Marine biologists have unearthed spectacular coral reef off coast of Tahiti in South Pacific. The 3km-long reef lies at depth of 30 metres. The scientists believe array of corals and ocean vegetation contains previously undiscovered marine species. They have already found hundreds of rose-shaped coral, some of which measure over two metres in diameter. Deep-sea diver Alexis Rosenfeld said he was stunned when he came across reef. He wrote: "It was magical to witness giant, beautiful rose corals which stretch for as far as eye can see. It was like work of art." Scientist Laetitia Hedouin said: "It's very healthy reef. In the middle of biodiversity crisis, this is very good news."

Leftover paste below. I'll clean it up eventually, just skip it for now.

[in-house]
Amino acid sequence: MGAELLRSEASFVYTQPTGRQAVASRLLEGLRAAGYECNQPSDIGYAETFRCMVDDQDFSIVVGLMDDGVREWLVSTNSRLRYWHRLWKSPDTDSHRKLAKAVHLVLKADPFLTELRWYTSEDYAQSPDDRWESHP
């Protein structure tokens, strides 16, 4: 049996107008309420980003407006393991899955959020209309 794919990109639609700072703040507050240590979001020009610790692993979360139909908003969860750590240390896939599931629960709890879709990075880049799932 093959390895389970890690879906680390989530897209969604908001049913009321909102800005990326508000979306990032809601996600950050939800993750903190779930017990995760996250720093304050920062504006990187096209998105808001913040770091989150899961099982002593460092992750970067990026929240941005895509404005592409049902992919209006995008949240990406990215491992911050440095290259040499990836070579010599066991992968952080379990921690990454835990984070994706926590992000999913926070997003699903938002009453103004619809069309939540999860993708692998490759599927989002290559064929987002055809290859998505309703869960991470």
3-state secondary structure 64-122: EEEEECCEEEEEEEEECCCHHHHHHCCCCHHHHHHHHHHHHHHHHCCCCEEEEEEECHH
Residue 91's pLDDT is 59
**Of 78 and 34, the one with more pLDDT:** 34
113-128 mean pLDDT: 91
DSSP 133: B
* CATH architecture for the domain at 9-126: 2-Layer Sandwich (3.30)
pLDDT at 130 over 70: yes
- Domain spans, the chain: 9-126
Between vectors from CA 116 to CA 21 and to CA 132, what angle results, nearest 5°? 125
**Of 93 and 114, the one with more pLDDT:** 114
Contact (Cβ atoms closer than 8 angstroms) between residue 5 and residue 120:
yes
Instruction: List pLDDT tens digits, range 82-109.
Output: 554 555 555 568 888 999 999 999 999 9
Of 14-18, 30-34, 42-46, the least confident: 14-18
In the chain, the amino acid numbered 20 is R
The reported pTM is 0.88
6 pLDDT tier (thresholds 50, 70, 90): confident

Scientists say location of the Tahiti reef means it is in pristine condition. Most of world's reefs are in warmer waters. This makes them prone to bleaching effects of global warming. Tahiti's reef is deep enough to protect it from bleaching. There is still sufficient sunlight at 30 metres for coral to grow and reproduce. UNESCO said: "We think that deeper reefs may be better protected from global warming." It believes Tahiti reef is "one of most extensive healthy coral reefs on record". It added that more mapping of deep ocean needs to be undertaken. It said: "We know more about surface of the Moon or surface of Mars than the deeper part of ocean."